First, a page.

---
title: "Lab 09: Linear Regression"
output: html_document
---
I have produced some fixes to the **tmodels** package and you need to
re-install it for today's lab to work. Do that by running the following
before you do anything else today:
```{r}
devtools::install_github("statsmaths/tmodels")
```
Then, read in all of the R packages that we will need for today:
```{r, message=FALSE}
library(dplyr)
library(ggplot2)
library(tmodels)
library(readr)
library(readxl)
```
## Diamonds Dataset
For the first part of this lab, I want you to read into R a dataset of diamond
prices, along with various characteristics of the diamonds:
```{r, message=FALSE}
diamonds <- read_csv("https://raw.githubusercontent.com/statsmaths/stat_data/gh-pages/diamonds_small.csv")
```
We are going to run a number of regression analyses to understand how various
features effect the price of a diamond. Unless otherwise noted, all of the models
use `price` as the response variable.
1. Start by running a regression model that predicts price as a function of
carat (the weight of the diamond). Take note of whether the result is
significant or not.
```{r}
```
2. Repeat the same analysis, but this time use the Pearson Correlation
Test. Verify that the T-statistic is the same value as for linear regression.
```{r}
```
Are the point estimates and confidence intervals the same? Why or why not?
3. Now, build a linear regression that predicts price as a function of
the "4 C's": carat, color, clarity and cut. Treat carat as the IV and
the other three as nusiance variables (as a reminder, the order of the
variable only matters in terms of which one goes first after the `~`;
otherwise there is no difference in the output).
```{r}
```
How does the estimate compare to the result without controlling for
the other variables? Is the effect stronger or weaker? Does this make
sense to you?
4. Now, run a regression model that predicts price as just a function
of clarity.
```{r}
```
Is the result significant at the 0.05 level? Notice how the output looks
different than the first result because we now have a categorical variable
as the input variable.
5. Run a One-way ANOVA test predicting price as a function of clarity.
```{r}
```
You should find that this has the exact same F-statistics and P-value
(the numbers in the F-statistic are different, but lead to the same
result).
6. Run a linear regression that predicts price as a function of clarity
with cut as a nusiance variable.
```{r}
```
You should see that the test is now no longer significant. What does that
mean in practice terms?
7. Run the price as a function of the 4 C's again, but this time use clarity
as the input variable.
```{r}
```
You should see that this is once again significant. Try to summarize the
results from questions 5-7 and take note of how tricky and difficult
linear regression can be to use!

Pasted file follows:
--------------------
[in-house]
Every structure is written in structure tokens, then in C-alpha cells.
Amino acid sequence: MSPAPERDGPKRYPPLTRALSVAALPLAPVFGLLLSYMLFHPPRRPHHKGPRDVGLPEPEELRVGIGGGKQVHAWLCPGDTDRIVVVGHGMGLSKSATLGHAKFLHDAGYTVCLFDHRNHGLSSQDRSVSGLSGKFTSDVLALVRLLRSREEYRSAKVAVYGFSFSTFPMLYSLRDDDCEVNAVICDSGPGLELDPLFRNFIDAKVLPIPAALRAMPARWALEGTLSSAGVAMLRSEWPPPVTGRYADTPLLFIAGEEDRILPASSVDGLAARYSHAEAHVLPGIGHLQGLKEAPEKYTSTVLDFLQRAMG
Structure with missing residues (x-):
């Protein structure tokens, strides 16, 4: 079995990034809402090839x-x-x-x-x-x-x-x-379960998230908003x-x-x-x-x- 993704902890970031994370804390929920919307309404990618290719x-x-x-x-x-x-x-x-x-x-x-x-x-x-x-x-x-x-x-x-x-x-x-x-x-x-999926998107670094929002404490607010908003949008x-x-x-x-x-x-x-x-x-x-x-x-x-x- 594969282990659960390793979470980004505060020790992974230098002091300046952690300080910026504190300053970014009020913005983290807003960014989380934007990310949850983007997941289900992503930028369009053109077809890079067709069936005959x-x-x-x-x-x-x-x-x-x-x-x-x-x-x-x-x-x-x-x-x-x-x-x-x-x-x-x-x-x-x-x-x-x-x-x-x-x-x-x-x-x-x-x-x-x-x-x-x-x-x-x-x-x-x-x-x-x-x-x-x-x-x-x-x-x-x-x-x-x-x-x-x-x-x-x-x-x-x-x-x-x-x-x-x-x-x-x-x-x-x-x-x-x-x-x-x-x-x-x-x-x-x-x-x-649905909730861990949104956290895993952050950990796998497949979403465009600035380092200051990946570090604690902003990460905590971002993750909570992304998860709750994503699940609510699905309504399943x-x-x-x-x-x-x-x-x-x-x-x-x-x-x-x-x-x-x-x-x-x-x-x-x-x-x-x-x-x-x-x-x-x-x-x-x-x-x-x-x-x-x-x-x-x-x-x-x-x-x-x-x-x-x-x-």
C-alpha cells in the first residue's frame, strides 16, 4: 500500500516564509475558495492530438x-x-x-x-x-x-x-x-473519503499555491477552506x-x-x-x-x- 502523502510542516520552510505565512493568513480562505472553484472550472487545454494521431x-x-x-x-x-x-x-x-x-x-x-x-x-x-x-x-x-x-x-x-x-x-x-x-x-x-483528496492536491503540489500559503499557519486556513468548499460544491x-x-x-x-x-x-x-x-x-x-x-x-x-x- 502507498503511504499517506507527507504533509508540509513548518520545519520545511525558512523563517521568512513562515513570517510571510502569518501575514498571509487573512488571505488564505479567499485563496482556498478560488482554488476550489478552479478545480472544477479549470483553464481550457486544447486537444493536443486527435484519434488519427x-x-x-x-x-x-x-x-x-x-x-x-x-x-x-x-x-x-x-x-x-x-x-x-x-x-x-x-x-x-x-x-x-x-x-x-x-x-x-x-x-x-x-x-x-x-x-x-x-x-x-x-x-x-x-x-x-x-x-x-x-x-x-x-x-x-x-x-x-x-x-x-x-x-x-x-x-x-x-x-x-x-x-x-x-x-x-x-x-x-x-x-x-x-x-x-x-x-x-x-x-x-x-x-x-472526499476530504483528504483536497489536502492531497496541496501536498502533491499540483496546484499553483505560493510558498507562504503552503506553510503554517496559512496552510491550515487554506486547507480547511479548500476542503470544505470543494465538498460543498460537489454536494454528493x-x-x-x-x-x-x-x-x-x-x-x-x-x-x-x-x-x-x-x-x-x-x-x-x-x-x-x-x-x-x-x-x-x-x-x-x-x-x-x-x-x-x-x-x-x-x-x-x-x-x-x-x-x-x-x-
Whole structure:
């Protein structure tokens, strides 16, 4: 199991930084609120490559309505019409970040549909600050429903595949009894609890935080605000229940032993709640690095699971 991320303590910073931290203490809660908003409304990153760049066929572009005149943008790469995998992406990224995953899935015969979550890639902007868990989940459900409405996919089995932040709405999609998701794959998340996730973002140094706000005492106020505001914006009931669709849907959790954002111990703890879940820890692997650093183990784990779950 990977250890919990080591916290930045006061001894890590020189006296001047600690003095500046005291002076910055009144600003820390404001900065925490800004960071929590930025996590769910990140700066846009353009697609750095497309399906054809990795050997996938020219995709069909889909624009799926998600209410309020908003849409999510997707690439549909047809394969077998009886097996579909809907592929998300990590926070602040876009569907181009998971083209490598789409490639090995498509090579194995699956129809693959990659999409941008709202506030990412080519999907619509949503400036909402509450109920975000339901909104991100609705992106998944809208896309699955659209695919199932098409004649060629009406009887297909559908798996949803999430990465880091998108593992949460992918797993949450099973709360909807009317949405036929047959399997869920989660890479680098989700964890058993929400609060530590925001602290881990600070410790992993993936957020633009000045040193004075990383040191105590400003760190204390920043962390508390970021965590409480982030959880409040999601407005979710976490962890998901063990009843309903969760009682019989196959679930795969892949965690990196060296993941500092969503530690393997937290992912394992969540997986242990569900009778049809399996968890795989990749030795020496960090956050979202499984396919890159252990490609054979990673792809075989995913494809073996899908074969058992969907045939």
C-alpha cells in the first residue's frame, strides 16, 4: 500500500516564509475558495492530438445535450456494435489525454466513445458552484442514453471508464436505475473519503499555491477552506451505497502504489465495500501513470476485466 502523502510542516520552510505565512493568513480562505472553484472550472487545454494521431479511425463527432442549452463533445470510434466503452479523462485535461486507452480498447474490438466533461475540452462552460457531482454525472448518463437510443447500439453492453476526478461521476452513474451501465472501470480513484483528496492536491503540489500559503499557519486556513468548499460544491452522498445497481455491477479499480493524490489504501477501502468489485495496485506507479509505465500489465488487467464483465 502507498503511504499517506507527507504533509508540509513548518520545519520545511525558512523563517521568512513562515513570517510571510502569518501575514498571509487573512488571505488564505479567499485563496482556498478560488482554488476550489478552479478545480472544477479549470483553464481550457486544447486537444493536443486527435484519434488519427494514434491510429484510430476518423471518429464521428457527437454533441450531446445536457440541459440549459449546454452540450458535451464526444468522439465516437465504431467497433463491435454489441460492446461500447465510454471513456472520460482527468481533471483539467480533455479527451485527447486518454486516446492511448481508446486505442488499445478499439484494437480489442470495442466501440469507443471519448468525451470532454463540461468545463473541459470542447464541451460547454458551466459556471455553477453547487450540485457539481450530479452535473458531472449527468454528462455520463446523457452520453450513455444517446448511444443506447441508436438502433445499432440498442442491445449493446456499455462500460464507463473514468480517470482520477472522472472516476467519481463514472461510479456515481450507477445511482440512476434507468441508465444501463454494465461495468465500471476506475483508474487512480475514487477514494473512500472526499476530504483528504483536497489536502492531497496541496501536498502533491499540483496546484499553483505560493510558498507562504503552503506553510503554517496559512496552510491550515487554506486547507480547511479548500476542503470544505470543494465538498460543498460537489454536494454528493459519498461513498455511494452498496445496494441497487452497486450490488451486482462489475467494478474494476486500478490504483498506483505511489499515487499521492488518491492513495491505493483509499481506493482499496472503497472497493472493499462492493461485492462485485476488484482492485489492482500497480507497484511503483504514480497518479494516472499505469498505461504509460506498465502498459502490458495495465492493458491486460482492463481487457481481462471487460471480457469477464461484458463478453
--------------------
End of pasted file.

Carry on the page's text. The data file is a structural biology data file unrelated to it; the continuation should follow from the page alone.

8. There are no variables in the diamonds dataset that are categorical
with only two categories, so we need to make one for you to see how this
works with linear regression. Run the following to create a variable
named `color_good` that breaks the colors into two distinct categories:
```{r}
diamonds <- mutate(diamonds, color_good = if_else(color %in% c("D", "E"), "good", "poor"))
```
Run the code and see the new variable created in the data-viewer.
Then, run a linear regression predicting `price` as a function of
`color_good`:
```{r}
```
9. Run a T-sample t-test predicting price as a function of `color_good`:
```{r}
```
How do the results compare to the regression analysis? Note that,
for one thing, the defaults are switched so that the terms here
are all negative. You should also see that the point estimate is
the same, but the other values are slightly different.
What is going on? There is a slightly different assumption that the
linear regression model uses compared to the two-sample T-test. The
regression model assumes that the variation is the of price is the
same in both groups and the two-sample T-test doesn't. That is where
the discrepency arises. This isn't anything to worry about, but I
just wanted you to have seen it.
10. Finally, run a regression for `price` as a function of `color_good`
(IV) and the nusiance variables `carat`, `cut`, and `clarity`:
```{r}
```
Notice that the output is different than in question 7 where there are
multiple categories.
## Regression in scientific literature
Open the following article from the British Medical Journal on "Geographical
variation in glaucoma prescribing trends in England 2008–2012: an observationa
ecological study":
- https://www.ncbi.nlm.nih.gov/pmc/articles/PMC4874115/
Read the Abstract and Methods sections. Also look at Tables 2-4. Then,
try to answer the following questions (you may need to search through the rest
of the paper for some of these):
1. Is this an observational or experimental study?
2. What statistical tests were used in this analysis? Are you familiar with
all of them from the course? If not, what tests or statistical terms are you
unfamiliar with?
3. Table 3 shows a multivariate linear regression model. What is the response
variable, the input/independent variable, and the nusiance variables (look at
the abstract for hint, and remember that this is a matter of perspective)?
Which p-value is the important one? What is are the null and alternative hypotheses
in this test?